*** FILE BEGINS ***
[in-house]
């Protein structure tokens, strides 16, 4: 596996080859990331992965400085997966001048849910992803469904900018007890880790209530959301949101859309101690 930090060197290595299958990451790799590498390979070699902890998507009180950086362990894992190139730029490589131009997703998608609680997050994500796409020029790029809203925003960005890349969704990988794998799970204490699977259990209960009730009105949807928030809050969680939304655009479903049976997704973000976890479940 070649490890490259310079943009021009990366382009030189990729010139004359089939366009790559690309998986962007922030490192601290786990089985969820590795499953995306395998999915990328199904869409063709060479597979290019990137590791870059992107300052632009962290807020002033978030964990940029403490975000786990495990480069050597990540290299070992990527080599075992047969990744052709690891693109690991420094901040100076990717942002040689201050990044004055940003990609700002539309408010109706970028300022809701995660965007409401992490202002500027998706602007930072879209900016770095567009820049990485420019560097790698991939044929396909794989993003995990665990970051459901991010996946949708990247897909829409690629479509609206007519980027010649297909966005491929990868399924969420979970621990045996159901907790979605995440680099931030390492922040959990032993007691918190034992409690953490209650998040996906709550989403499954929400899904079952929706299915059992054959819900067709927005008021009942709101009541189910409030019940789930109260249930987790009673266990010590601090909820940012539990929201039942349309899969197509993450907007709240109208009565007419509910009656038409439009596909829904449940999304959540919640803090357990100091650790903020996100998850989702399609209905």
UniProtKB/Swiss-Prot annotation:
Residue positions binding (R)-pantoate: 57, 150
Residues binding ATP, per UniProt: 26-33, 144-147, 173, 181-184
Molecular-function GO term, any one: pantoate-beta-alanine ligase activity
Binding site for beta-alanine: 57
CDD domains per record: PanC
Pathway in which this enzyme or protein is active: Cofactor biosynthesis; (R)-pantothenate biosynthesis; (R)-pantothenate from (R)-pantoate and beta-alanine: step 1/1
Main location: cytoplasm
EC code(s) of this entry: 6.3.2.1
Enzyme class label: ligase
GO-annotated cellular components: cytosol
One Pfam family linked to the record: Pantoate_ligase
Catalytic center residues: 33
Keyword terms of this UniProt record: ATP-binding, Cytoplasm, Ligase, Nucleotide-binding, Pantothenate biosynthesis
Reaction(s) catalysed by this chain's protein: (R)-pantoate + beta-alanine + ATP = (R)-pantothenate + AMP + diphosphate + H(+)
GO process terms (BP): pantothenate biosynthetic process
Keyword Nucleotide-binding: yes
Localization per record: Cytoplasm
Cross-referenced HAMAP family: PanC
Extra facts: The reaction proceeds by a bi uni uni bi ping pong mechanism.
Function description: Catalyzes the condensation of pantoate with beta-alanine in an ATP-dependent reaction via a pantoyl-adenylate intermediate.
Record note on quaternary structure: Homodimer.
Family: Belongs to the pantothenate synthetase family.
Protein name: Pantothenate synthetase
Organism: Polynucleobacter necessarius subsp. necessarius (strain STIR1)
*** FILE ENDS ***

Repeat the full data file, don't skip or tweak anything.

[in-house]
């Protein structure tokens, strides 16, 4: 596996080859990331992965400085997966001048849910992803469904900018007890880790209530959301949101859309101690 930090060197290595299958990451790799590498390979070699902890998507009180950086362990894992190139730029490589131009997703998608609680997050994500796409020029790029809203925003960005890349969704990988794998799970204490699977259990209960009730009105949807928030809050969680939304655009479903049976997704973000976890479940 070649490890490259310079943009021009990366382009030189990729010139004359089939366009790559690309998986962007922030490192601290786990089985969820590795499953995306395998999915990328199904869409063709060479597979290019990137590791870059992107300052632009962290807020002033978030964990940029403490975000786990495990480069050597990540290299070992990527080599075992047969990744052709690891693109690991420094901040100076990717942002040689201050990044004055940003990609700002539309408010109706970028300022809701995660965007409401992490202002500027998706602007930072879209900016770095567009820049990485420019560097790698991939044929396909794989993003995990665990970051459901991010996946949708990247897909829409690629479509609206007519980027010649297909966005491929990868399924969420979970621990045996159901907790979605995440680099931030390492922040959990032993007691918190034992409690953490209650998040996906709550989403499954929400899904079952929706299915059992054959819900067709927005008021009942709101009541189910409030019940789930109260249930987790009673266990010590601090909820940012539990929201039942349309899969197509993450907007709240109208009565007419509910009656038409439009596909829904449940999304959540919640803090357990100091650790903020996100998850989702399609209905």
UniProtKB/Swiss-Prot annotation:
Residue positions binding (R)-pantoate: 57, 150
Residues binding ATP, per UniProt: 26-33, 144-147, 173, 181-184
Molecular-function GO term, any one: pantoate-beta-alanine ligase activity
Binding site for beta-alanine: 57
CDD domains per record: PanC
Pathway in which this enzyme or protein is active: Cofactor biosynthesis; (R)-pantothenate biosynthesis; (R)-pantothenate from (R)-pantoate and beta-alanine: step 1/1
Main location: cytoplasm
EC code(s) of this entry: 6.3.2.1
Enzyme class label: ligase
GO-annotated cellular components: cytosol
One Pfam family linked to the record: Pantoate_ligase
Catalytic center residues: 33
Keyword terms of this UniProt record: ATP-binding, Cytoplasm, Ligase, Nucleotide-binding, Pantothenate biosynthesis
Reaction(s) catalysed by this chain's protein: (R)-pantoate + beta-alanine + ATP = (R)-pantothenate + AMP + diphosphate + H(+)
GO process terms (BP): pantothenate biosynthetic process
Keyword Nucleotide-binding: yes
Localization per record: Cytoplasm
Cross-referenced HAMAP family: PanC
Extra facts: The reaction proceeds by a bi uni uni bi ping pong mechanism.
Function description: Catalyzes the condensation of pantoate with beta-alanine in an ATP-dependent reaction via a pantoyl-adenylate intermediate.
Record note on quaternary structure: Homodimer.
Family: Belongs to the pantothenate synthetase family.
Protein name: Pantothenate synthetase
Organism: Polynucleobacter necessarius subsp. necessarius (strain STIR1)